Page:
There are far more fantastically talented classical instrumentalists who never become hot international commodities or even regular recording artists.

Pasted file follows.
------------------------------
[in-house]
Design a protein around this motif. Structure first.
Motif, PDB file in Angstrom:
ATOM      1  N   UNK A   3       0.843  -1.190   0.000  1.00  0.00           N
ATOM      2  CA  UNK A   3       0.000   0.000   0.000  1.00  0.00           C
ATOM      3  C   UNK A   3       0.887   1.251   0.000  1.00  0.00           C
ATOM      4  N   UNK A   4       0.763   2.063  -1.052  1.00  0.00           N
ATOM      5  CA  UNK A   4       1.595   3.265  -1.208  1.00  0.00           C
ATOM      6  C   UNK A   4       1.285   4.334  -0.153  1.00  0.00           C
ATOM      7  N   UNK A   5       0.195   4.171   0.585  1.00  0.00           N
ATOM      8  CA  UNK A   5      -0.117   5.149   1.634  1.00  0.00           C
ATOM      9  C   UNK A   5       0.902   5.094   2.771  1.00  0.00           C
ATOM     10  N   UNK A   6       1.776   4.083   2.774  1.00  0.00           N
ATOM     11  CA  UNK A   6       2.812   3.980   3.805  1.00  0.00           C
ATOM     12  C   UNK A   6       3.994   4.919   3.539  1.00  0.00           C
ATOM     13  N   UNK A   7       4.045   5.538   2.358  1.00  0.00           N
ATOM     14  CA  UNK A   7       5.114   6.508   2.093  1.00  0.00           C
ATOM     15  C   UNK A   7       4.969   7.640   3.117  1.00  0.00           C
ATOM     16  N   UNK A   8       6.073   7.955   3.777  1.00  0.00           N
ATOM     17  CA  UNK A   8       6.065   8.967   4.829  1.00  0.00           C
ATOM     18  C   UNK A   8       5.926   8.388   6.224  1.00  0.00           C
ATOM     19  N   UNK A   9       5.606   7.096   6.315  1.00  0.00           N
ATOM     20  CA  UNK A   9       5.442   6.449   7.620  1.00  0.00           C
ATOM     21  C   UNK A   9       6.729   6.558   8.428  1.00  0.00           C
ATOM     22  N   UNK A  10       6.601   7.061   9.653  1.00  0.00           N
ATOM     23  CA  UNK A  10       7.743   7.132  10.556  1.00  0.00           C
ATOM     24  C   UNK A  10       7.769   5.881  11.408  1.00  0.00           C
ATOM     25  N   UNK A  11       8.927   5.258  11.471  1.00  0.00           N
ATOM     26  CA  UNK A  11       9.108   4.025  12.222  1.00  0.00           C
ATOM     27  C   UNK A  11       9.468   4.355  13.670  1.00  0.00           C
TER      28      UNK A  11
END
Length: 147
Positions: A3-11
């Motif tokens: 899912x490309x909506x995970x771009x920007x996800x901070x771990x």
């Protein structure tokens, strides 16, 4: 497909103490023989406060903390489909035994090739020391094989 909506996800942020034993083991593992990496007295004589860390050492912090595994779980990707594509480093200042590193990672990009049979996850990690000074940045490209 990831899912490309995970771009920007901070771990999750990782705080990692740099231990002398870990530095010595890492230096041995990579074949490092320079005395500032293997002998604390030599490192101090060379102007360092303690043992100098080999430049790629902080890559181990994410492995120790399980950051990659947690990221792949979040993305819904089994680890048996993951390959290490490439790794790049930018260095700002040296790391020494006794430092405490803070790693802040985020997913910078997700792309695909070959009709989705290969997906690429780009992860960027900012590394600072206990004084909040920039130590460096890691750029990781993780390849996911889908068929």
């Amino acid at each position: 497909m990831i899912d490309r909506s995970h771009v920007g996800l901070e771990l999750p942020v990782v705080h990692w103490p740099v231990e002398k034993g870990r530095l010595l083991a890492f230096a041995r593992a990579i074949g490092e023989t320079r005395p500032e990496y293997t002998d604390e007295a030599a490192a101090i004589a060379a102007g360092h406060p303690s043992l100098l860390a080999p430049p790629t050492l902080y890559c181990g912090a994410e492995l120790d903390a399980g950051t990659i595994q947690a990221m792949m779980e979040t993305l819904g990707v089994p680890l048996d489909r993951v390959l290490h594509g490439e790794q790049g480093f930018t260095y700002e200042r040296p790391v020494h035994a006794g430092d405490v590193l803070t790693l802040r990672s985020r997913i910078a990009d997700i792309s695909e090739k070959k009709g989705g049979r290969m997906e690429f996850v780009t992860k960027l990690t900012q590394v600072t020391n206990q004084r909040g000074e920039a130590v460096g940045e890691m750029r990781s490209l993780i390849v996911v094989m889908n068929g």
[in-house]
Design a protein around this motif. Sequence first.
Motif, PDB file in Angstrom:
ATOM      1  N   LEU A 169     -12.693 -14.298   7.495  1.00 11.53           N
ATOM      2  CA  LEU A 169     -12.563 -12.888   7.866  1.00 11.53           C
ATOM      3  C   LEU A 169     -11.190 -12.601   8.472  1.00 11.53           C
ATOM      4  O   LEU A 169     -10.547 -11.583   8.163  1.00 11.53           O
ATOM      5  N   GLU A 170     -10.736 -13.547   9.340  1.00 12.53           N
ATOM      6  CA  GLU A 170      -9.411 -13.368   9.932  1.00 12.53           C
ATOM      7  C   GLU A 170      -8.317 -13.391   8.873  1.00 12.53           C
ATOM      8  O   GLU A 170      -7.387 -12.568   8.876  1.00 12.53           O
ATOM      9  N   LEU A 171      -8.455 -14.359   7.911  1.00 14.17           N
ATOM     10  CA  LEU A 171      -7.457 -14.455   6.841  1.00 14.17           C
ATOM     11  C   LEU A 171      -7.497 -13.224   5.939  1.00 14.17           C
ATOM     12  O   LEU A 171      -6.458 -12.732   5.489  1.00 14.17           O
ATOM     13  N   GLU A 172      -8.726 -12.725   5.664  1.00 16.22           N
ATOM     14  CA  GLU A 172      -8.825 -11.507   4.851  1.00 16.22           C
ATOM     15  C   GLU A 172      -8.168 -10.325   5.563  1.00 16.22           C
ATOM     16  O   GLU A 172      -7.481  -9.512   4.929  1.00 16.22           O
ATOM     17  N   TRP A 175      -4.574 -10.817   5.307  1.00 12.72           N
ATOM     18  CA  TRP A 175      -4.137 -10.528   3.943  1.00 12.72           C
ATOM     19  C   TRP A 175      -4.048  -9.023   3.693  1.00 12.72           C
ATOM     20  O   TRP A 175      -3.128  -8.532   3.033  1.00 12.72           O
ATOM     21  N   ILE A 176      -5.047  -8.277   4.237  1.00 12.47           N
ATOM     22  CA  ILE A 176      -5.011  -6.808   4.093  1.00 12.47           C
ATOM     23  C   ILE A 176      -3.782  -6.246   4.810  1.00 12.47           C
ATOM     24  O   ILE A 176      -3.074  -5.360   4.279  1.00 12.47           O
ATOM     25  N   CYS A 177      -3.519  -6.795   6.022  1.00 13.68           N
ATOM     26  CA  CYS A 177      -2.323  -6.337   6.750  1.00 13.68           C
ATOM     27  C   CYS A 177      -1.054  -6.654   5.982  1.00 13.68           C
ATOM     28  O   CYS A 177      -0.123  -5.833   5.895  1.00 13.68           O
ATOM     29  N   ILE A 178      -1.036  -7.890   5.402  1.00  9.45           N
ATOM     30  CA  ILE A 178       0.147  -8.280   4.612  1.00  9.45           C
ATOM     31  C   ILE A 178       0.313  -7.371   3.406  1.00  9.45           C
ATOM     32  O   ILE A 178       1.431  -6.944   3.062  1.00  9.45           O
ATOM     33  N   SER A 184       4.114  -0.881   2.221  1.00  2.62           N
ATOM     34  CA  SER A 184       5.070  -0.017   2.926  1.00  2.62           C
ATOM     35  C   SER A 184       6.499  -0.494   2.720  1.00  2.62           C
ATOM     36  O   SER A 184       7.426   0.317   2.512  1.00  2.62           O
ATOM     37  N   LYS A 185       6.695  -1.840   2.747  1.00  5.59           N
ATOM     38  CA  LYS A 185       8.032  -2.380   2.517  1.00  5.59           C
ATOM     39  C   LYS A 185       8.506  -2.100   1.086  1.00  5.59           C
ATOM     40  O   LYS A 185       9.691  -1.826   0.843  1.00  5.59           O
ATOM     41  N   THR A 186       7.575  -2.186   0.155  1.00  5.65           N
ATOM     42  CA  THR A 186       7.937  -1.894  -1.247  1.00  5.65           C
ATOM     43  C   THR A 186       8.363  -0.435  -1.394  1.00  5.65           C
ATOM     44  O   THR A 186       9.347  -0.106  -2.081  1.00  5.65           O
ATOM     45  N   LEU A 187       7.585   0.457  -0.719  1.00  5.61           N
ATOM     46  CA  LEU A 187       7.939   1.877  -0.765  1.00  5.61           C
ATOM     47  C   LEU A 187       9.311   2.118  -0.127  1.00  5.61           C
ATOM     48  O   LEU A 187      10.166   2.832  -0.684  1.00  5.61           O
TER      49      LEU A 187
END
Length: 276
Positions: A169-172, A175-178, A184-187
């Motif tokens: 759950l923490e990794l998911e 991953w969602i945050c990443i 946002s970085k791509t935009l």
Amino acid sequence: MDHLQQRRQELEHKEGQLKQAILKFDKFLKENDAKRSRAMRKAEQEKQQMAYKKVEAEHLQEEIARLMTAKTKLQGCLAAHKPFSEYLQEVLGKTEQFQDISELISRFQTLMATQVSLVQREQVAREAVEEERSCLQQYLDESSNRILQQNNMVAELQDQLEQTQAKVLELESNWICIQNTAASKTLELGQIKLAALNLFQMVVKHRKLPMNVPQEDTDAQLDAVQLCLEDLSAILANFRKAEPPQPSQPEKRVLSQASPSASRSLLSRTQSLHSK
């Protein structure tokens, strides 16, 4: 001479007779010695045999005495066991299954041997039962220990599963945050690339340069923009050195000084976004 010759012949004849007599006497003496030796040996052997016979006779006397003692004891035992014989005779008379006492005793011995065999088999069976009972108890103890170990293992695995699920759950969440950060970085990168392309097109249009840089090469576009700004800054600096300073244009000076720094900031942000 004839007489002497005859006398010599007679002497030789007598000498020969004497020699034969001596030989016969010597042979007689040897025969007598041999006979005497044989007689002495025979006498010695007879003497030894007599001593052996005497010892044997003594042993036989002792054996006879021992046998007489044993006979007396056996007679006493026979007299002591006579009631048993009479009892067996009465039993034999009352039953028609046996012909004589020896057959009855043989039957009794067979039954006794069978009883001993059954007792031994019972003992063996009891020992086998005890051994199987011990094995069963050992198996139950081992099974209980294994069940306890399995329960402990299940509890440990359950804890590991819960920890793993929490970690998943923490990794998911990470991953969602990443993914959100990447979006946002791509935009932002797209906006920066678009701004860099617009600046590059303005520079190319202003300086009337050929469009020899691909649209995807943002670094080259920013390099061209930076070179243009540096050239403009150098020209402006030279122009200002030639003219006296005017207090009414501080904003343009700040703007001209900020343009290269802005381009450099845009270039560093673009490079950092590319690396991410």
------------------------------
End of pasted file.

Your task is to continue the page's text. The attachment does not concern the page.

There are far more fantastically talented classical instrumentalists who never become hot international commodities or even regular recording artists. That's one truth underlined by this subtly produced documentary; another is that the competition circuit can be a nerve-fraying, heartbreaking experience—for onlookers, as well as participants. Every four years, the world's most ambitious young pianists convene in Fort Worth, Texas, for the Van Cliburn International Piano Competition. Director Peter Rosen captured the very human essence of last year's event, the 11th, by following several of the pianists as they lived with Fort Worth families, endlessly practiced and fretted over pleasing the jury, and interacted with teachers and such collaborators as conductor James Conlon. Among the joint gold and silver medal winners—the top slots were shared for the first time last year—Russian pianist Olga Kern steals the show with her fun-loving, emotive charm and intensely poetic playing. Beyond the documentary—which originally aired on PBS—the double-sided DVD-Video comes with complete performances of the Rachmaninoff Third Piano Concerto with Kern and the Tchaikovsky First Piano Concerto with Uzbekistani co-gold medalist Stanislav Ioudenitch. As part of their prizes, last year's winners had recital highlights issued on disc by Harmonia Mundi. The album by Kern—the first female gold-medal winner since 1969—should help make her a star.—BB